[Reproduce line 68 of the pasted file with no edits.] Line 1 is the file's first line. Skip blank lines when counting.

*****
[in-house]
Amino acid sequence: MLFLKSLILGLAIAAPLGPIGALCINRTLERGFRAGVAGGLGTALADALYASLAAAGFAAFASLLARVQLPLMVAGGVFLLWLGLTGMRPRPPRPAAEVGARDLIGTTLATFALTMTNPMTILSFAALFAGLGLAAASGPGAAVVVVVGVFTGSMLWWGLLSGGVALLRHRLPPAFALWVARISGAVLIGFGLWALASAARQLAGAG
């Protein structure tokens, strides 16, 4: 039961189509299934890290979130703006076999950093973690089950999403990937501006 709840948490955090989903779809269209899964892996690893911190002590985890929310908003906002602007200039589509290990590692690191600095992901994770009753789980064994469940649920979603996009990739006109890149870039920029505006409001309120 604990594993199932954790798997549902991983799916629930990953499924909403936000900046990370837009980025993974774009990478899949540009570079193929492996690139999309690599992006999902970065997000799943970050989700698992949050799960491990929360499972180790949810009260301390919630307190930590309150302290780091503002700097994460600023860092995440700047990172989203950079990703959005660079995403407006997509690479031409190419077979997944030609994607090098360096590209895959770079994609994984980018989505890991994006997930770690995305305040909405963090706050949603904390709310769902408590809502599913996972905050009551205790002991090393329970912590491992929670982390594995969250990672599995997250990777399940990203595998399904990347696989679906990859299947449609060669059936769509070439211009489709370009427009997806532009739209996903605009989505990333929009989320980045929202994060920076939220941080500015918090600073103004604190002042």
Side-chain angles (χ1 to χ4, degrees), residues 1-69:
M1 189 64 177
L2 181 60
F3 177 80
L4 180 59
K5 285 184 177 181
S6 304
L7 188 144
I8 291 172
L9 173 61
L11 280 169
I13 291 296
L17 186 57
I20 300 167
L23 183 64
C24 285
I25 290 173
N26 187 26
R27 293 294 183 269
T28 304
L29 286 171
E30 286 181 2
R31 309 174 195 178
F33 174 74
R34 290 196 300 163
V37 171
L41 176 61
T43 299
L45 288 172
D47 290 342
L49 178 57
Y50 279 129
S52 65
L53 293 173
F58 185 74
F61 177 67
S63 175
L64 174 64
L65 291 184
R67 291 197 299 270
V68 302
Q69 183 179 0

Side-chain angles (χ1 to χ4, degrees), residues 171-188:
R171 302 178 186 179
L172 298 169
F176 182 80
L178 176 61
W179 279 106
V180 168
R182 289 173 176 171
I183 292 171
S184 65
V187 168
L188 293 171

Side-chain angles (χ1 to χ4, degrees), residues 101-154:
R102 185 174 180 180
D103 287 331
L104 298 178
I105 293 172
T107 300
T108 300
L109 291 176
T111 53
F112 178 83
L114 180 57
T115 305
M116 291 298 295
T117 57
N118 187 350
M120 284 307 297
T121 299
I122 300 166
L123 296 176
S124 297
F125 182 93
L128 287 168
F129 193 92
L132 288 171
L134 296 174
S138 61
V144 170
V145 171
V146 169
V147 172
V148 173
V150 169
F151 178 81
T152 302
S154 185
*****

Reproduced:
L114 180 57